TIP: Act promptly once notified of a potential corporate transaction. Corporate transactions are often fast paced, so trustees will not necessarily have the luxury of waiting for the next scheduled trustee meeting before taking action.
Will the Trustees Need to Seek Clearance From The Pensions Regulator?
Trustees would not normally seek clearance from The Pensions Regulator. The Pensions Regulator has the power to take action against parties involved in an event that might be materially detrimental to a defined benefit pension scheme. It can also require an employer or connected/ associated party to make a payment into an underfunded pension scheme or to provide some other form of financial support to it. These powers are often referred to as The Pensions Regulator's "anti-avoidance" powers. The seller and/or purchaser may, therefore, wish to seek advance clearance from The Pensions Regulator that it will not use its anti-avoidance powers in relation to the proposed sale. The trustees would not ordinarily seek clearance themselves, as it is unlikely that The Pensions Regulator would exercise its anti-avoidance powers over them, save in exceptional circumstances.
The Pensions Regulator expects the employer to keep trustees fully informed about any clearance application relating to the scheme and will want to know the trustees' view on the clearance application. It is likely to ask the trustees what advice they have received (and may ask for a copy of that advice) and what mitigation they have sought. Trustees should take legal advice before sharing professional advice with The Pensions Regulator, or others, in order to ensure that "legal privilege" in the advice is protected where appropriate.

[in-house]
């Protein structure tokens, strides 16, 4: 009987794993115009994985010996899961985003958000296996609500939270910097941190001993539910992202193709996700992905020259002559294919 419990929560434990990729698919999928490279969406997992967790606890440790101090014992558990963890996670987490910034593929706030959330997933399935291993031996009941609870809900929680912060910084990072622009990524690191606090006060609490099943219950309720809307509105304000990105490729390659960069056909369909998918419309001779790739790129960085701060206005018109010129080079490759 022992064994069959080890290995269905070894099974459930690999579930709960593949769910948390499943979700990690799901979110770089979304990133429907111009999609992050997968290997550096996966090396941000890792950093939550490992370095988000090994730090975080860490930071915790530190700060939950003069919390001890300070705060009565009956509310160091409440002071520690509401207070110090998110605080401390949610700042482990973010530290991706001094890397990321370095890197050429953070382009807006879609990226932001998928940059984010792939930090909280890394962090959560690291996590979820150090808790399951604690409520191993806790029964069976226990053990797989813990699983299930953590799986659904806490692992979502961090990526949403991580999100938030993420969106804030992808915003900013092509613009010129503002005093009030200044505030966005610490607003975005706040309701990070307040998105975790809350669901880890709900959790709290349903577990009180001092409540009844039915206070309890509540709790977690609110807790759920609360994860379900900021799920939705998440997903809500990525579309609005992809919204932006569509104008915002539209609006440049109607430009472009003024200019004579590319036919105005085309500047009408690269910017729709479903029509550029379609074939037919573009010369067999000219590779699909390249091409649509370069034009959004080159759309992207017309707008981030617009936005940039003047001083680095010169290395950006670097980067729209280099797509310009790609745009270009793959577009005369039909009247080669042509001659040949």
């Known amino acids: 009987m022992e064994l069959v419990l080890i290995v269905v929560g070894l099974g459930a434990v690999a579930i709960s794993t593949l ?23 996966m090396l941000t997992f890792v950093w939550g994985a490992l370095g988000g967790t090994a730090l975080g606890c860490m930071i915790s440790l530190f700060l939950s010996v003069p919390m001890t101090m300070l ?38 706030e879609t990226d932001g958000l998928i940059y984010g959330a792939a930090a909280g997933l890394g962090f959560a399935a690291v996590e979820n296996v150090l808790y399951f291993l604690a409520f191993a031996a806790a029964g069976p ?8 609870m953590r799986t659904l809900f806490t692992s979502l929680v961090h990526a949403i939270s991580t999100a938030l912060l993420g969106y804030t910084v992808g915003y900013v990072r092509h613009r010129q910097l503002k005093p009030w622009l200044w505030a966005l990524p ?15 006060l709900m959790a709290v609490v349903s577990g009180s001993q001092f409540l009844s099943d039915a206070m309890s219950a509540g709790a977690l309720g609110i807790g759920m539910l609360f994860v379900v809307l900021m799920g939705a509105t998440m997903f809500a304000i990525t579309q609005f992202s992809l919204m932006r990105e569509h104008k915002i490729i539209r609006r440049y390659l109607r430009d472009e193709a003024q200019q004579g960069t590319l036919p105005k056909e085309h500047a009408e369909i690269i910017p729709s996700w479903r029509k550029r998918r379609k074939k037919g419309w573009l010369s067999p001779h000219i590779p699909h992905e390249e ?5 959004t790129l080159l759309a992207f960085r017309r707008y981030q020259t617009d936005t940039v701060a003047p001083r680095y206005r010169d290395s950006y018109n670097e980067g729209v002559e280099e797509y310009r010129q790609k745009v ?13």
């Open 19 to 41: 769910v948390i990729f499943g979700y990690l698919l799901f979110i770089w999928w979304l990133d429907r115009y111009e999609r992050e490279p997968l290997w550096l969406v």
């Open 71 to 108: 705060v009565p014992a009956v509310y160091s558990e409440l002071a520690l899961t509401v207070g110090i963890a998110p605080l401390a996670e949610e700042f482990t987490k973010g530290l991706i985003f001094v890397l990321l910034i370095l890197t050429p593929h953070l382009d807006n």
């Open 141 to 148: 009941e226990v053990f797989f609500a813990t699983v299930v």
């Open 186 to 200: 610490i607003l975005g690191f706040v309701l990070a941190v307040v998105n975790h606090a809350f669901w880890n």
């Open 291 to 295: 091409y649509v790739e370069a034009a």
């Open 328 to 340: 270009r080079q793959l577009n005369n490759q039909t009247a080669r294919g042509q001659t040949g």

TIP: Ensure that any agreements reached with the employer are legally binding. This is good practice in any situation, but even more so in the case of a corporate transaction when the ownership or management might be about to change.
What Are the Possible Consequences of the Proposed Transaction for Employer Funding Obligations?
Trustees should identify whether the transaction will trigger an employer debt and, if so, whether the employer wishes to use one of the easements available under legislation to manage that debt (see our employer debt quick guide for more information.) They should also make sure that any consequences of the end of participation in the scheme by an employer are understood and acted on as necessary. Some common situations are described in the table below.
Single Employer Scheme
Single Employer Scheme
Will the employer continue as a participating employer in the